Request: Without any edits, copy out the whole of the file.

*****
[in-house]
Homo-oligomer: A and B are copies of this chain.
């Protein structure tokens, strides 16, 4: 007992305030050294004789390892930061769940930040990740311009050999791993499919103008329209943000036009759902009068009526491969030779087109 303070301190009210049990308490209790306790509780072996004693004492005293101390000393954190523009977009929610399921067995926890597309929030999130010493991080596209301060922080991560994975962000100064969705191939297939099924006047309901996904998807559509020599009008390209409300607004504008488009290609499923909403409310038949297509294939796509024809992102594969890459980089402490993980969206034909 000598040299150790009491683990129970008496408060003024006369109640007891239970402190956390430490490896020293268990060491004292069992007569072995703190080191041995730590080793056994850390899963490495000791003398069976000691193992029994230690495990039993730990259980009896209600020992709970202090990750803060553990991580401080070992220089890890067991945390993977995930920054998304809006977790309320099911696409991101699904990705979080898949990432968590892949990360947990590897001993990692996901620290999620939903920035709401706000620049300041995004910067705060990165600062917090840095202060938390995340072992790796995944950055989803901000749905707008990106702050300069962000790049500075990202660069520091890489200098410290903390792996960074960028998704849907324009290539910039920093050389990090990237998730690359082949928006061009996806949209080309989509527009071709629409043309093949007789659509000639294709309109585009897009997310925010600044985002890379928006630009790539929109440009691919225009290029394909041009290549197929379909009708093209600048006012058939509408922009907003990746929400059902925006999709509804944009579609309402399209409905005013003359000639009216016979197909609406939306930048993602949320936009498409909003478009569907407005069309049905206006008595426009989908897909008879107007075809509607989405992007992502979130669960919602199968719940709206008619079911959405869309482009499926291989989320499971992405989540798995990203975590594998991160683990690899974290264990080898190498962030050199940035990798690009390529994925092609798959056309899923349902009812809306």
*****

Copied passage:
[in-house]
Homo-oligomer: A and B are copies of this chain.
């Protein structure tokens, strides 16, 4: 007992305030050294004789390892930061769940930040990740311009050999791993499919103008329209943000036009759902009068009526491969030779087109 303070301190009210049990308490209790306790509780072996004693004492005293101390000393954190523009977009929610399921067995926890597309929030999130010493991080596209301060922080991560994975962000100064969705191939297939099924006047309901996904998807559509020599009008390209409300607004504008488009290609499923909403409310038949297509294939796509024809992102594969890459980089402490993980969206034909 000598040299150790009491683990129970008496408060003024006369109640007891239970402190956390430490490896020293268990060491004292069992007569072995703190080191041995730590080793056994850390899963490495000791003398069976000691193992029994230690495990039993730990259980009896209600020992709970202090990750803060553990991580401080070992220089890890067991945390993977995930920054998304809006977790309320099911696409991101699904990705979080898949990432968590892949990360947990590897001993990692996901620290999620939903920035709401706000620049300041995004910067705060990165600062917090840095202060938390995340072992790796995944950055989803901000749905707008990106702050300069962000790049500075990202660069520091890489200098410290903390792996960074960028998704849907324009290539910039920093050389990090990237998730690359082949928006061009996806949209080309989509527009071709629409043309093949007789659509000639294709309109585009897009997310925010600044985002890379928006630009790539929109440009691919225009290029394909041009290549197929379909009708093209600048006012058939509408922009907003990746929400059902925006999709509804944009579609309402399209409905005013003359000639009216016979197909609406939306930048993602949320936009498409909003478009569907407005069309049905206006008595426009989908897909008879107007075809509607989405992007992502979130669960919602199968719940709206008619079911959405869309482009499926291989989320499971992405989540798995990203975590594998991160683990690899974290264990080898190498962030050199940035990798690009390529994925092609798959056309899923349902009812809306």